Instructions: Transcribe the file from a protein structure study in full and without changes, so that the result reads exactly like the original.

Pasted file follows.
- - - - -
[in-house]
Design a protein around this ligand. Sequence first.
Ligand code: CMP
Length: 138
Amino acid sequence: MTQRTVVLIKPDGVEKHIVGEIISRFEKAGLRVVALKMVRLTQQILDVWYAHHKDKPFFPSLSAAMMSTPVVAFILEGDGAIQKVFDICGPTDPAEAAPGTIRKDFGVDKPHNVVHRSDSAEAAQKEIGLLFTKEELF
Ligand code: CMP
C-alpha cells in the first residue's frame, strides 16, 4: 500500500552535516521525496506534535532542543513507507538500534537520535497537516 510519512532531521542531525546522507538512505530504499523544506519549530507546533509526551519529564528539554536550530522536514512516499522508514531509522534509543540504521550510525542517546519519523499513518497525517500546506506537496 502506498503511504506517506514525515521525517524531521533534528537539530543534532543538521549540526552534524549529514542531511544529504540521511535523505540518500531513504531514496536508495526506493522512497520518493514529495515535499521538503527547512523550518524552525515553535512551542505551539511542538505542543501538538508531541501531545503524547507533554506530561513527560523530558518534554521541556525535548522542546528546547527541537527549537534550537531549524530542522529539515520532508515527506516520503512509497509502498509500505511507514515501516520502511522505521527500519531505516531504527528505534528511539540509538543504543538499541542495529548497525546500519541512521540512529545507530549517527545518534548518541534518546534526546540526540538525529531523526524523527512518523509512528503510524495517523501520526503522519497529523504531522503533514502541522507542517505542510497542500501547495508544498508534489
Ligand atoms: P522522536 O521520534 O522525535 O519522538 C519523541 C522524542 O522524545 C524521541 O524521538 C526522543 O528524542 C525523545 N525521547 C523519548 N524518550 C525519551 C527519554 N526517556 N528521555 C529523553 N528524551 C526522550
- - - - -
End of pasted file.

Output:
[in-house]
Design a protein around this ligand. Sequence first.
Ligand code: CMP
Length: 138
Amino acid sequence: MTQRTVVLIKPDGVEKHIVGEIISRFEKAGLRVVALKMVRLTQQILDVWYAHHKDKPFFPSLSAAMMSTPVVAFILEGDGAIQKVFDICGPTDPAEAAPGTIRKDFGVDKPHNVVHRSDSAEAAQKEIGLLFTKEELF
Ligand code: CMP
C-alpha cells in the first residue's frame, strides 16, 4: 500500500552535516521525496506534535532542543513507507538500534537520535497537516 510519512532531521542531525546522507538512505530504499523544506519549530507546533509526551519529564528539554536550530522536514512516499522508514531509522534509543540504521550510525542517546519519523499513518497525517500546506506537496 502506498503511504506517506514525515521525517524531521533534528537539530543534532543538521549540526552534524549529514542531511544529504540521511535523505540518500531513504531514496536508495526506493522512497520518493514529495515535499521538503527547512523550518524552525515553535512551542505551539511542538505542543501538538508531541501531545503524547507533554506530561513527560523530558518534554521541556525535548522542546528546547527541537527549537534550537531549524530542522529539515520532508515527506516520503512509497509502498509500505511507514515501516520502511522505521527500519531505516531504527528505534528511539540509538543504543538499541542495529548497525546500519541512521540512529545507530549517527545518534548518541534518546534526546540526540538525529531523526524523527512518523509512528503510524495517523501520526503522519497529523504531522503533514502541522507542517505542510497542500501547495508544498508534489
Ligand atoms: P522522536 O521520534 O522525535 O519522538 C519523541 C522524542 O522524545 C524521541 O524521538 C526522543 O528524542 C525523545 N525521547 C523519548 N524518550 C525519551 C527519554 N526517556 N528521555 C529523553 N528524551 C526522550